Hudson High School class surprises teacher with once-in-a-lifetime gift
A Hudson High School teacher won’t soon forget the generosity of his students.
Two ninth-grade students – Carter Caruso and William Hodgson – took a World War II class taught by Greg Gamache during the first semester.
“It was something to look forward to during the day,” Hodgson said.
At one point, Caruso said he took a trip to Arizona with a family member and saw a plane museum with different World War II fighter planes. When he returned, he talked to Gamache about the trip.
Then, an idea took flight.
Both students, who already had an interest in history, decided to go in on a gift for Gamache. They coordinated the effort with the rest of the class, which was made of students in the ninth through 12th grades.
Then, on Thursday, Jan. 20 – the final day of the semester – Gamache received a gift from his students, who had organized everything in secret.
First, Gamache opened a gift that included a Harry Styles t-shirt and cutout, an inside joke among class members. Then came the ultimate surprise.
“We told him he better sit down for it, and he did end up sitting down after opening it,” Hodgson said.
In a video provided by the students, you can see Gamache open an envelope and begin reading the contents.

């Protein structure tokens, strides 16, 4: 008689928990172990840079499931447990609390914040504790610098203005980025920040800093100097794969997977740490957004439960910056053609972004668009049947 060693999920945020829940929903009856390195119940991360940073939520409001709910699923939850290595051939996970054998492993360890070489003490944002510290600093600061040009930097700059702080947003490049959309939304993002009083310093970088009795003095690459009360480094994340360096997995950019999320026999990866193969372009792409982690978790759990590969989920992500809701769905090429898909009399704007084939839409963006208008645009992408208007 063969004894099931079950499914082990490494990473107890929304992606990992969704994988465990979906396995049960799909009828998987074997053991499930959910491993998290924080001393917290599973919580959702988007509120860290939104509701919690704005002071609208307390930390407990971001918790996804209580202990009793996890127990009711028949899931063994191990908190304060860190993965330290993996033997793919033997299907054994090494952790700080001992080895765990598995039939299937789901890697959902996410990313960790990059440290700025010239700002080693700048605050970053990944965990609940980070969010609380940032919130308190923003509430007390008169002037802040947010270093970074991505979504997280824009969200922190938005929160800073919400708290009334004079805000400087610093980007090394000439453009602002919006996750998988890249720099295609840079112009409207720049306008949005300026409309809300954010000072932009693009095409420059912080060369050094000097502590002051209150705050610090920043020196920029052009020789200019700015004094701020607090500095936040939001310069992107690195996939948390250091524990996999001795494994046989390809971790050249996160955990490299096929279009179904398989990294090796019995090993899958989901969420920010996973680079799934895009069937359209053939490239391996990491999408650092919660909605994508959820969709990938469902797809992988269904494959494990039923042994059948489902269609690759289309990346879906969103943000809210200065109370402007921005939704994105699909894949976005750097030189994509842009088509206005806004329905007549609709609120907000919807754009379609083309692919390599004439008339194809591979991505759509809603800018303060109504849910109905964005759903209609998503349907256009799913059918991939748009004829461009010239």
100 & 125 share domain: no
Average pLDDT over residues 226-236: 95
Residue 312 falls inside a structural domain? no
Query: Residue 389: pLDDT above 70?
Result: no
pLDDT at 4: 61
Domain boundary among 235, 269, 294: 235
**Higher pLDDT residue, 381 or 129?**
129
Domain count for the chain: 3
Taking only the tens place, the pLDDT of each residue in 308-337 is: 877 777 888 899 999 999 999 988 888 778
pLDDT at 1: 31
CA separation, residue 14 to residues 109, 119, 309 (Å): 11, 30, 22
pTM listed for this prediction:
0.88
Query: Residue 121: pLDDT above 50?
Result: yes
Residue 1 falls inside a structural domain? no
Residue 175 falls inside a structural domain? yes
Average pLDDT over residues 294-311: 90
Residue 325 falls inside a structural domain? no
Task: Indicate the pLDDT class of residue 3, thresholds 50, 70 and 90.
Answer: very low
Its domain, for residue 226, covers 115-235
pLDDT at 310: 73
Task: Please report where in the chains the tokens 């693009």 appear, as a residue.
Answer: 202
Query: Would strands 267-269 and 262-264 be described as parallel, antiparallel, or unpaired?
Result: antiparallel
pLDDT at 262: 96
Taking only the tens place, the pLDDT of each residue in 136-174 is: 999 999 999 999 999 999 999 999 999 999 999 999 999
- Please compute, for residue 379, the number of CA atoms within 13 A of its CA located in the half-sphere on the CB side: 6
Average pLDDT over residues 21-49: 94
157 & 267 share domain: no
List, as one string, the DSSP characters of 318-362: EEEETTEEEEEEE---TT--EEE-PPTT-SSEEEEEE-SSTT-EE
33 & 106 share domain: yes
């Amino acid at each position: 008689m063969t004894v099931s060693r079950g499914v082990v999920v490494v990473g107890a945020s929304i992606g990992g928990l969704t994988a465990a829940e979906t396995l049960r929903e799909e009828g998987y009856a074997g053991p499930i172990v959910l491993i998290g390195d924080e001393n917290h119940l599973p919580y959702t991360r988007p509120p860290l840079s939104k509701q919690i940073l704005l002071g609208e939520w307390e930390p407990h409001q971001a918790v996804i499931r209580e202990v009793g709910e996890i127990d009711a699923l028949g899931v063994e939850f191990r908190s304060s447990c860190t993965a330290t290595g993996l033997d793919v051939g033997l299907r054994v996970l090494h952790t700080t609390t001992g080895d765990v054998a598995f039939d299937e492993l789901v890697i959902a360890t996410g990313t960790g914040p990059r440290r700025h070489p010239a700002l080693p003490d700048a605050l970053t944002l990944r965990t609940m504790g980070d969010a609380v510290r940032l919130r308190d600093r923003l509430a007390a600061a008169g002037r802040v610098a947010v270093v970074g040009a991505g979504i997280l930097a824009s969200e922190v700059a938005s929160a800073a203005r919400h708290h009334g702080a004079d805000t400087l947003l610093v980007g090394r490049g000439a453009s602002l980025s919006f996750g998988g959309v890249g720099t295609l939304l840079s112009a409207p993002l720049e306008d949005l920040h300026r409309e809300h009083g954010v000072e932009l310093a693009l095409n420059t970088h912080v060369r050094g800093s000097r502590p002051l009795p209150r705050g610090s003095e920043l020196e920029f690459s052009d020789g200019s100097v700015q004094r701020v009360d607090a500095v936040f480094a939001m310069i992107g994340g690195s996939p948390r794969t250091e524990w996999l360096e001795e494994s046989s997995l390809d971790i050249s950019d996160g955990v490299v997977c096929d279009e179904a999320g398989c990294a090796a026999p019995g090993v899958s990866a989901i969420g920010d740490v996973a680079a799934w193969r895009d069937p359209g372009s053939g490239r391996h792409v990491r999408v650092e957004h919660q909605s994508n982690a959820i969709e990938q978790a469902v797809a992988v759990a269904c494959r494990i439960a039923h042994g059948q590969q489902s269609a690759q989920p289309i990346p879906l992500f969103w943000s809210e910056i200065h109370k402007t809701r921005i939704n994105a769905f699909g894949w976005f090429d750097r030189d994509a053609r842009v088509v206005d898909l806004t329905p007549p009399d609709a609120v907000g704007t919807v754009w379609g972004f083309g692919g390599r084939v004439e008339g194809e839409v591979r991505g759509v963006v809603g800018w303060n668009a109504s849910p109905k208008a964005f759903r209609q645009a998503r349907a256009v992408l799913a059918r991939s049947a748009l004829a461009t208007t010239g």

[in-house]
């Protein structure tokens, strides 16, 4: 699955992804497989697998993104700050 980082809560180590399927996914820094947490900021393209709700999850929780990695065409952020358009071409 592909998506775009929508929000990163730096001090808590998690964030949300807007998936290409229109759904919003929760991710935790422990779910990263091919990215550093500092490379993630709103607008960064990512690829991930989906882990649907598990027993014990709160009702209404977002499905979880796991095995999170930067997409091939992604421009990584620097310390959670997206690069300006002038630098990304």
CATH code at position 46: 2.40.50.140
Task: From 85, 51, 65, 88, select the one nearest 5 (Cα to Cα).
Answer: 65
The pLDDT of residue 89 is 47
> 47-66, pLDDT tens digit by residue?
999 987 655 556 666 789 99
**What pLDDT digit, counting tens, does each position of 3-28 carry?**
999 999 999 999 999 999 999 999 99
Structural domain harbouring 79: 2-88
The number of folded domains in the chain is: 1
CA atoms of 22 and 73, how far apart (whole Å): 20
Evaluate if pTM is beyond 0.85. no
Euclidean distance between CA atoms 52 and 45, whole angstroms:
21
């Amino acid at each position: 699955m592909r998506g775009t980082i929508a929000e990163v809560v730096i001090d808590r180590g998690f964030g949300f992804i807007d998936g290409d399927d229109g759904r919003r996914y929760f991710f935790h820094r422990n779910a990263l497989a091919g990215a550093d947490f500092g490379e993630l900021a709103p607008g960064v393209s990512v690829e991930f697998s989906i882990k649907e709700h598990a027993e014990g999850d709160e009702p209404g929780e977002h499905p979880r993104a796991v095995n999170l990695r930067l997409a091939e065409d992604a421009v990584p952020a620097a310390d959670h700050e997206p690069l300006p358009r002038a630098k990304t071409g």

“Shut up,” Gamache says in the video, which is followed by students’ laughter. “Oh my gosh,” he then says.
“You guys are kidding me … this is unbelievable,” Gamache says in the video before taking his students’ advice and sitting down.
While Gamache has taught for 21 years, with nine of those at Hudson, he wasn’t expecting papers like these – he will get to ride in a B-25, the type of plane the U.S. used to retaliate against Japan after the bombing of Pearl Harbor.
Although the plane was never meant to be taken off of an aircraft carrier, Gamache says they were able to bomb Japan before continuing into China. Although some of the planes didn’t make it and the mission didn’t go exactly as planned, he said the mission was more of a message to Japan that said they wouldn’t get away with the bombing of Pearl Harbor.
Gamache will be able to take the flight at any point between May and October at the south St. Paul Airport since the plane only flies during the summer months. He says he doesn’t yet know when he’ll take the flight.
“I was speechless,” said Gamache, who added that he was full of gratitude. “I was doing all I could to not be emotional. … we teach, and we love our jobs and our students and we care, so to have them reach out and say thank you for all you do, it meant the world to me.”
Gamache said they took a class photo and he thanked each student individually after he opened the gift.
“How they kept it a secret is beyond me, but I was legit surprised, 100%,” he said.
Gamache said everyone got along in the semester-long class, and they had great conversations.
“It was a very productive class, but we could joke around and have fun. … I’m very lucky.”